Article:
|As much as I have liked Chan from a distance, I think there is too much baggage here for him to pull off a win. Compared to Chan, Alice Wong will have equal appeal to the Asian community. Chan lost last time to a non-Asian person. But I think the turning point is that Chan, a member of the Christian community as well, lost the support of that segment by being too wishy washy on social and family issues. Alice Wong is also a member of the Christian community and will not be in as stifling a party as Chan, so I think she is going to take this one by about 1000 votes. I should also add that this is not quite same riding Chan ran in last time. The redistro has put a good chunk of South Delta (John Cummins area) which last time had less Liberal supprot by % than the previous Richmond riding. This makes up about 15% of the new riding. Not good news for Liberals.
|I agree that this has become a thoroughly marginal riding for everyone...The latest COMPAS poll suggests that the Conservatives have opened up a significant lead in BC...40-32.27...This should give the Conservatives Richmond assuming that their candidate can garner a decent percentage of the Chinese vote (say 25%). An important issue raised by the previous poster is whether Raymond Chan actually has Joe Peschosolido's enthusiastic endorsement.
|Well, let's see the facts:
Richmond is a riding composed, mostly, of wealthy asians and middle-class business-people.
The Liberals had the incumbent MP
The Conservative popularity in BC, especially in the Greater Vancouver, area is dropping like a lead balloon.
The NDP have about as much chance of winning Calgary Southwest as they do of ever winning Richmond.
Prediction: Chan takes the seat with 45% or more of the vote.
|Liberal pick-up. All the national polls show that British Columbia seems to be the one province where Conservative support is actually falling. A three-way tie in the province has been set up, with all three national parties registering support in the 30-35% range. In the last election, the Canadian Alliance narrowly won this seat with support BC overall running at over 40%, and I can't see the CPC winning this time around with only 32% in the province. Raymond Chan, with Joe Peschosolido's help, will once again paint this riding red.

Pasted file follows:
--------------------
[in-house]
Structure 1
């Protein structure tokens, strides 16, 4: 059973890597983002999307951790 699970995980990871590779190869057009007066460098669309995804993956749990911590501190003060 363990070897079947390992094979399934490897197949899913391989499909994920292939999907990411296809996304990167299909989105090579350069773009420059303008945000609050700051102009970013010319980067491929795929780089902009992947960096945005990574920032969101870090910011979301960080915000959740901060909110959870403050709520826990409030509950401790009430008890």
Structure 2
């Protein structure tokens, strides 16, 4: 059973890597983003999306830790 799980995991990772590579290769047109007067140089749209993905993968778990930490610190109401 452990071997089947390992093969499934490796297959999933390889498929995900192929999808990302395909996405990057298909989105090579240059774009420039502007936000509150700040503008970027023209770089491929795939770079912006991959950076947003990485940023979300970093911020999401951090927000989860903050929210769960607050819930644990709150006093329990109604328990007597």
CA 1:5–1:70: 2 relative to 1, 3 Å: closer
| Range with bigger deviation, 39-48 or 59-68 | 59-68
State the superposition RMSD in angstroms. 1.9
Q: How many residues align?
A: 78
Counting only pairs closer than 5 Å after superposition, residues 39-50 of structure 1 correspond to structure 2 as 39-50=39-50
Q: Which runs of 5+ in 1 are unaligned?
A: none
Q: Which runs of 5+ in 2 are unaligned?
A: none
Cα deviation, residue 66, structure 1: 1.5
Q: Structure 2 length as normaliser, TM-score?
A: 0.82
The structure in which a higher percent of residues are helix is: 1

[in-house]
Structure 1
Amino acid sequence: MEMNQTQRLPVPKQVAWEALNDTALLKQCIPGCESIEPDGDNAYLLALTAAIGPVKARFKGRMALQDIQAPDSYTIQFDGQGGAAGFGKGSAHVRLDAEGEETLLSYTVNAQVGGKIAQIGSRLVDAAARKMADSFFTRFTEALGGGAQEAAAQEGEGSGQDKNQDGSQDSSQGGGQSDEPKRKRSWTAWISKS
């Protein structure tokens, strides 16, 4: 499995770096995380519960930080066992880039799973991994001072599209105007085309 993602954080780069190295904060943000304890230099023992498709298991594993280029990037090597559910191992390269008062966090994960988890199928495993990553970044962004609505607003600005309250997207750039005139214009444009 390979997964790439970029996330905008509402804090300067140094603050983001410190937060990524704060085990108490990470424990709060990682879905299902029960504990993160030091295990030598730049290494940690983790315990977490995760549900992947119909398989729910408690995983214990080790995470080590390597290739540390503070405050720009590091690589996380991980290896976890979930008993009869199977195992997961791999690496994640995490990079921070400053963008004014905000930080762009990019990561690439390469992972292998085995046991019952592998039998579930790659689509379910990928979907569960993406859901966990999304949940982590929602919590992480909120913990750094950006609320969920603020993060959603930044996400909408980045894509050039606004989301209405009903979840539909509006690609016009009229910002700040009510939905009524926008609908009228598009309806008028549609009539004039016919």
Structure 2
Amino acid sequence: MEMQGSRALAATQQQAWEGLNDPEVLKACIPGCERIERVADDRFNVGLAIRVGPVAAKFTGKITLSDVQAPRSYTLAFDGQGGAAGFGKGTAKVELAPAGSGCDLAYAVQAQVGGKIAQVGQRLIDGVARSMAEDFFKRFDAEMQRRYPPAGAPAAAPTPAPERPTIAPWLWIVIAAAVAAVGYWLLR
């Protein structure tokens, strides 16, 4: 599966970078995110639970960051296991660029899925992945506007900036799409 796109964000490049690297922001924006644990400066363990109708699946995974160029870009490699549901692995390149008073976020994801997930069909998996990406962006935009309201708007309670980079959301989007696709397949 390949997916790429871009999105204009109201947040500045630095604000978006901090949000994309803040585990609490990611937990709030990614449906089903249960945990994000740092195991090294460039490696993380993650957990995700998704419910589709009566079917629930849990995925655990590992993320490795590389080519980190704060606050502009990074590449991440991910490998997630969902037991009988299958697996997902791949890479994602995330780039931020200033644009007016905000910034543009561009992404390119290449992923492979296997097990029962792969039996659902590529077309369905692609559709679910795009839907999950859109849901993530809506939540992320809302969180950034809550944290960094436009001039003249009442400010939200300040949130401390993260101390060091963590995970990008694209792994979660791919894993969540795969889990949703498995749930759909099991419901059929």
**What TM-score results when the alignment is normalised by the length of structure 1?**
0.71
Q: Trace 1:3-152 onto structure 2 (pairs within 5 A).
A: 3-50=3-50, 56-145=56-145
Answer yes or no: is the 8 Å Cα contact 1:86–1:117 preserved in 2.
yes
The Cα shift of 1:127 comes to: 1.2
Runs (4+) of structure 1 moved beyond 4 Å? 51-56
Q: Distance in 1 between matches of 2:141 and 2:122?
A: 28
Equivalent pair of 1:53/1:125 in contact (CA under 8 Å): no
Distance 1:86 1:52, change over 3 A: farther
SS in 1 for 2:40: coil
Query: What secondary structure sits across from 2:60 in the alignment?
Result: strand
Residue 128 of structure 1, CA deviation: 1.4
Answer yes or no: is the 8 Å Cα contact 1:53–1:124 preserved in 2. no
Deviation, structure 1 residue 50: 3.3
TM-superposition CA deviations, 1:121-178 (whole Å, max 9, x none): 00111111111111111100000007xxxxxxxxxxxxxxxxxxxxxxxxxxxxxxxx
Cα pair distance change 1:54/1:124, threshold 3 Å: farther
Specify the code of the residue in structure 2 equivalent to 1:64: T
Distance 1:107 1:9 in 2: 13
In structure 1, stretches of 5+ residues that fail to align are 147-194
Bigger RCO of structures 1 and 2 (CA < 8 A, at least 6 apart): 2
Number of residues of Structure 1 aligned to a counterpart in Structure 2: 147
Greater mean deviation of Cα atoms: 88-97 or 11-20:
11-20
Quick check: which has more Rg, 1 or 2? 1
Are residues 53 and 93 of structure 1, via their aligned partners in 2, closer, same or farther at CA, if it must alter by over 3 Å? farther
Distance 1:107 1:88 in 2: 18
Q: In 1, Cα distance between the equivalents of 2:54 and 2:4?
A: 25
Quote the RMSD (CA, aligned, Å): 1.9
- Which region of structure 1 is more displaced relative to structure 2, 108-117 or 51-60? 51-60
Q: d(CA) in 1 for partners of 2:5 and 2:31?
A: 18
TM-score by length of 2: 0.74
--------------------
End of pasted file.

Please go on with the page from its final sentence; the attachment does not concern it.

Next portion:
|Raymond Chan popular in Richmond???????? Last time I checked, he lost in 2000 in a reasonably Liberal favourable riding because he was such a weak MP.
If Martin had any understanding of BC politics, he would have convinced either Greg Halsey-Brandt or Geoff Plant to leave the provincial scene and run federally. Geoff Plant in Ottawa would finally give the fed Liberals a strong BC MP to lead the BC team.
But Martin does not understand BC. Raymond Chan is not destined to make comeback, the CPC will win here again.
|One thing to keep in mind about the 2000 election, which Chan narrowly lost, is that a lot of traditional NDP supporters went over to the Liberals. This happened all across Canada, including in Richmond, where the NDP's totals went down from 1997 and the Liberals' totals went up by about the same amount. But Chan still lost by 1000 votes, as more PC voters drifted toward the Alliance. To predict that Chan will win again, you have to assume that he'll capture at least 1500 of the 2500 votes that went to the PC candidate in '00, that he won't lose more than a few votes to the NDP, that the inclusion of part of Tory John Cummins' old riding in this one won't be a factor, and that people want to vote for the government candidate whom they turfed out in the next election. A couple of these assumptions may prove to be true, but probably not all of them. If the Tories can find even a half-decent candidate, they should be able to win by a slightly larger margin than last time.